March 17, 2010

Ron Paul, Obama, Kooks, Chaos and the Future

It's hard to judge whether Ron Paul is a force within the Republican party, a fringe kook, or both. Like anyone else in politics or otherwise, he has some good qualities and some bad qualities. To be honest, I'm not a big fan of Ron Paul, though he does make some good points. For example, he's big on reducing the national debt. The problem is he's a bit kooky in a Pat-Buchanan-plus sort of way. For example he seems a bit soft on drugs and he's reflexively protectionist on trade. Ironically that latter point makes him most like Pat Buchanan (who was rabidly anti-NAFTA), most unlike traditional economic conservatives and to my way of seeing things, most insecure about America's greatness. Where he fits in on the future of America is a little hard to peg.  But this post isn't really about him.

While Ron Paul espouses conservative principles, one of the fundamental principles of economics (and thus many conservatives) is countries specializing in production of goods and services where they have a competitive advantage. To not do so, represents an opportunity cost. In the absence of distorting rules (for example, no offshore drilling in American coastal waters) the United States certainly has a competitive advantage in many industries and therefore shouldn't be afraid of a little international competition. It should still not only survive, but thrive.

For all his quirks and ability to attract the conspiratorially minded, I do find myself thinking more along the lines of Paul in one respect. While there is no logical imperative to get out of Afghanistan and Iraq with the urgency that he espouses, there is a very salient point to his overall argument about nation building. Focus.

Although Iraq and Afghanistan do represent the front lines in a War on Terror, and should not be abandoned, the cost of being there are worth re-visiting. I've supported the War on Terror since 9/11/01. I supported both wars. I still do.

But there are the obvious costs and not just in terms of lives and money. One of those costs is focus.  From the perspective of preserving America, there's a much more important fight at home that needs to be waged. The most imposing threat to the future of the country comes from within. The creeping advance of socializing so many parts of the American economy looms over the future like a specter (not Arlen). And this is not just specific to the Obama era. This dates all the way back to the New Deal and the Great Society. Medicare, Medicaid and Social Security all represent future economic catastrophe. What makes Obama's health care play so dramatic is his fierce urgency of now approach to everything. It brings to the forefront not only the problems with his own agenda, but the problems with the same agenda that has crept along for decades slowly, quietly draining the life out of the country instead of doing so with the reckless abandon of the President today.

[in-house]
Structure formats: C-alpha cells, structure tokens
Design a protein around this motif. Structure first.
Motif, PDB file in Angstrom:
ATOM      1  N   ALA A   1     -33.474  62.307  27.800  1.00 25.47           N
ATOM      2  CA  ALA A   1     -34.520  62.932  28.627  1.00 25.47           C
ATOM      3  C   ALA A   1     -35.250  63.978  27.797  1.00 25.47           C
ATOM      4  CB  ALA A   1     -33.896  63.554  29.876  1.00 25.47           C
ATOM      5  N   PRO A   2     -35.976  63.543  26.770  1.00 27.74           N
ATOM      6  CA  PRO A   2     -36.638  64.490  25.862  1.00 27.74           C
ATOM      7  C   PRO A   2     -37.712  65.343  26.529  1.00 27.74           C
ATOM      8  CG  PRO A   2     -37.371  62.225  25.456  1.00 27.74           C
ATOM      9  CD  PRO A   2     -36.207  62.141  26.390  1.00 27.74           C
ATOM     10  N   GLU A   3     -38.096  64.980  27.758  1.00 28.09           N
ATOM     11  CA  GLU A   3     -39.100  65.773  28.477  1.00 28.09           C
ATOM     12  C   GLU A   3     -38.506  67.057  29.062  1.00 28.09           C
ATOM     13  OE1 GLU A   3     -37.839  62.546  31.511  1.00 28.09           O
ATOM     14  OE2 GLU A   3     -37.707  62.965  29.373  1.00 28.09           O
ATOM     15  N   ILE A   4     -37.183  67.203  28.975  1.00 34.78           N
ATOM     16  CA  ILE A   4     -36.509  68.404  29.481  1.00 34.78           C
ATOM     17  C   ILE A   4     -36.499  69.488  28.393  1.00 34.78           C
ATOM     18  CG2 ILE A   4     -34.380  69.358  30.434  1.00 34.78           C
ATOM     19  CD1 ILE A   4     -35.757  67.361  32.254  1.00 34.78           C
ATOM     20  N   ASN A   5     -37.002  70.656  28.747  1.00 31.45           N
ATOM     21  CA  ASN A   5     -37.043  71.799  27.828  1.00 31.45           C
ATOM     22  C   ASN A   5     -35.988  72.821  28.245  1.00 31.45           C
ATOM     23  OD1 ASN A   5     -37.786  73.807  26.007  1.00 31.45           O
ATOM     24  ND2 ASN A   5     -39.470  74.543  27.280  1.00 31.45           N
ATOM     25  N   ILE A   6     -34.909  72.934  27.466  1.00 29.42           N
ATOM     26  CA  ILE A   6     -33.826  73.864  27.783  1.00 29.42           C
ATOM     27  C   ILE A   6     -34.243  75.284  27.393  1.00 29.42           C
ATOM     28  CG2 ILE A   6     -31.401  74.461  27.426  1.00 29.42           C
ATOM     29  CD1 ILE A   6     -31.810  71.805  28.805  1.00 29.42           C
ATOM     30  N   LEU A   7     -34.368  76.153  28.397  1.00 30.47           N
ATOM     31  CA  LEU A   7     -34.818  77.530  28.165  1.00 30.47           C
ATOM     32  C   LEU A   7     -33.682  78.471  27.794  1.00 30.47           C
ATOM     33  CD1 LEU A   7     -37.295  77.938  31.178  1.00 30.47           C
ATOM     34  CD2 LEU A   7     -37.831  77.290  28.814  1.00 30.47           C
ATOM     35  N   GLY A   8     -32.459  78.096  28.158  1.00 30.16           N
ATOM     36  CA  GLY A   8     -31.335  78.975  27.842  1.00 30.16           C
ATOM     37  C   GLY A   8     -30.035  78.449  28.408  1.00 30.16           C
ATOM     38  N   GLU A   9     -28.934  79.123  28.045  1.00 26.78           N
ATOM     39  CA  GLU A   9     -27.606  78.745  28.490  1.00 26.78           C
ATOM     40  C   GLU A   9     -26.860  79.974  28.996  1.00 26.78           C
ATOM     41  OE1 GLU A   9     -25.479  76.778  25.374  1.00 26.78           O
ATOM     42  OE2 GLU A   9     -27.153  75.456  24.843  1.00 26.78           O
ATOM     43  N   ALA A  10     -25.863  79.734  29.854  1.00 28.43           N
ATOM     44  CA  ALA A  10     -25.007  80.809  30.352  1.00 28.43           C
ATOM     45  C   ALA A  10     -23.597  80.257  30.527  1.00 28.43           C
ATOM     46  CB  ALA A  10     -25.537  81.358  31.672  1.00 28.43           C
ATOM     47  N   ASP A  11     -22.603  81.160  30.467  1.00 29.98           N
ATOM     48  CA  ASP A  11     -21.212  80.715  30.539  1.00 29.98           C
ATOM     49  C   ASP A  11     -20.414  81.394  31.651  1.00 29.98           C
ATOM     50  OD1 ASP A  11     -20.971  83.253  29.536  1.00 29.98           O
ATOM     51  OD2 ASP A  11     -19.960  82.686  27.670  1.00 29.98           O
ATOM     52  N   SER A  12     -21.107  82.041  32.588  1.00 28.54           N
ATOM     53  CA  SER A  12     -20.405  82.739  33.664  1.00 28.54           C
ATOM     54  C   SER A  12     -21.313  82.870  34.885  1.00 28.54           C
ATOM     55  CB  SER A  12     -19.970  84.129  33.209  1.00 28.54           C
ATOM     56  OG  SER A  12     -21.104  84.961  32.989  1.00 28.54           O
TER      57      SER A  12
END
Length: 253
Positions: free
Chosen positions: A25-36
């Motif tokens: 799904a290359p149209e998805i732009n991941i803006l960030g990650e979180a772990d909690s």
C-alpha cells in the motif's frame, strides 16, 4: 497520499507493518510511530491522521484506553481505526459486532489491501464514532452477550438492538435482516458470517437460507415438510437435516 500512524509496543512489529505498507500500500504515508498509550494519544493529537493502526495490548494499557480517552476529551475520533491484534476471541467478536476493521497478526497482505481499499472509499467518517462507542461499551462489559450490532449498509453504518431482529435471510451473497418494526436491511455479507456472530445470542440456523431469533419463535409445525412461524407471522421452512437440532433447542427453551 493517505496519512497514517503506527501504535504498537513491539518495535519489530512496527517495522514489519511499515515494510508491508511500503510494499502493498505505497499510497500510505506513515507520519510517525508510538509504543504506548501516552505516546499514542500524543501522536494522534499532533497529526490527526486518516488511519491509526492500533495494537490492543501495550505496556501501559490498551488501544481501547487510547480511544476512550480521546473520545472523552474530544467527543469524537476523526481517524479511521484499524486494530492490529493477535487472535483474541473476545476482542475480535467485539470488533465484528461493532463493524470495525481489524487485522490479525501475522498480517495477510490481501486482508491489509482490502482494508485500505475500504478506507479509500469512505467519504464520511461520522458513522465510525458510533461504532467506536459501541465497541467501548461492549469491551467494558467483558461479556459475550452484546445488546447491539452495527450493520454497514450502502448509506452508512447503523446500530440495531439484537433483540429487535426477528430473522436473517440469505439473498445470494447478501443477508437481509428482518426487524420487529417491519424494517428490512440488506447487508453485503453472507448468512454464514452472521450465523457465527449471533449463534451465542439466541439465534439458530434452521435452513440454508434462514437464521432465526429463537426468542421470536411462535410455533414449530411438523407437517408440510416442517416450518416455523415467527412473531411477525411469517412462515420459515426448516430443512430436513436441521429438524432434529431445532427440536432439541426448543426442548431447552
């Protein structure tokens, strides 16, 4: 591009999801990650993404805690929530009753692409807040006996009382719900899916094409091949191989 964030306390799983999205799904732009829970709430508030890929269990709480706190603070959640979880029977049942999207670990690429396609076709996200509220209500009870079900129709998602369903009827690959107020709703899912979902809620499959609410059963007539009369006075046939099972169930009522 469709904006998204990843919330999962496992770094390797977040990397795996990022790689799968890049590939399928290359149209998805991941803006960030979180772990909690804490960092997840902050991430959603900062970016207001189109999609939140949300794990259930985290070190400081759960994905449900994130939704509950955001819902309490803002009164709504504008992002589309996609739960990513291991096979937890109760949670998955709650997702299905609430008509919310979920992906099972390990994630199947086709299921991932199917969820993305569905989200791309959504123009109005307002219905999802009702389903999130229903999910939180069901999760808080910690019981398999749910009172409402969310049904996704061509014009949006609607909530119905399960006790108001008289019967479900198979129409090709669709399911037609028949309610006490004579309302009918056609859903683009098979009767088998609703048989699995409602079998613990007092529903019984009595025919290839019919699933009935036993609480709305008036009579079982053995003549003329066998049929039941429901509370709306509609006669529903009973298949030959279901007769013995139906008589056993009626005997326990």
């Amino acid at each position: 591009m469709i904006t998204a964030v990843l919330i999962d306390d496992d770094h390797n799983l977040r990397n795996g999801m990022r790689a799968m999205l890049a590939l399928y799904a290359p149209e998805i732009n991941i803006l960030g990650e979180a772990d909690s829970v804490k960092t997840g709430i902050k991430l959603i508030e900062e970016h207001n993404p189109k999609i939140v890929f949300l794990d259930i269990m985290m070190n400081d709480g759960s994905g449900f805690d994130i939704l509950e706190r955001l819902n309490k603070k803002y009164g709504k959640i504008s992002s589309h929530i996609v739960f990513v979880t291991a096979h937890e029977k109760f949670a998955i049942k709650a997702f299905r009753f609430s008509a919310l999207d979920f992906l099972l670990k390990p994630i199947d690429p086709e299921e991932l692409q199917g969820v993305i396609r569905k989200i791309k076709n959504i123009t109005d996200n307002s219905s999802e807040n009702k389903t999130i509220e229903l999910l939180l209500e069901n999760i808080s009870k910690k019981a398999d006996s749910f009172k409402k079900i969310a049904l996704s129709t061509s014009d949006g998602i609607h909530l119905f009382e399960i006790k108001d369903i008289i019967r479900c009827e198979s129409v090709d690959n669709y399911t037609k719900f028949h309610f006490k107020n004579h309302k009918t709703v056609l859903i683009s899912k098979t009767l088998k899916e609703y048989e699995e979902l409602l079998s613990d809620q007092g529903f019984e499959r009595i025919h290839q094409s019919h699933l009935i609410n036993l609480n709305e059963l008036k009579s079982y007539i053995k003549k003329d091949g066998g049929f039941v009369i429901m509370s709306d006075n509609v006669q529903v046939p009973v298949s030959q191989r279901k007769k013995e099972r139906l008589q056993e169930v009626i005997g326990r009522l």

The real enemy is within. What is needed is focus. The challenge for America, or any nation for that matter is to be the best nation you can be. Perhaps that's a bit idealized but - if the US focused on the US, would China be such a potential threat? That's where Ron Paul gets it right; the focus has to be on improving the underpinnings of American greatness - the economy, innovation and liberty, which allows the other two. The focus should be on America rather than other nations. But only the primary focus.

You cannot take your eyes off the ball on North Korea, Iran, China or any other potential threat. But these threats are secondary to a potential national bankruptcy. They may require primary focus in the future but that would be easier to do as a financially solvent nation. They may require primacy now too, but increasingly, and increasingly quickly, America is putting itself in a position to be financially unable to give them the attention they deserve. Blame Obama for that.

But you can thank him too. He has inadvertently opened many eyes to the dangers of the state, and the state unchecked. He has for many, provided laser-like focus on the national debt issue. If you were willing to bite your tongue on the Bush bailouts, you probably won't be inclined to do so any more, regardless of which party is in power. And that is very a good thing.

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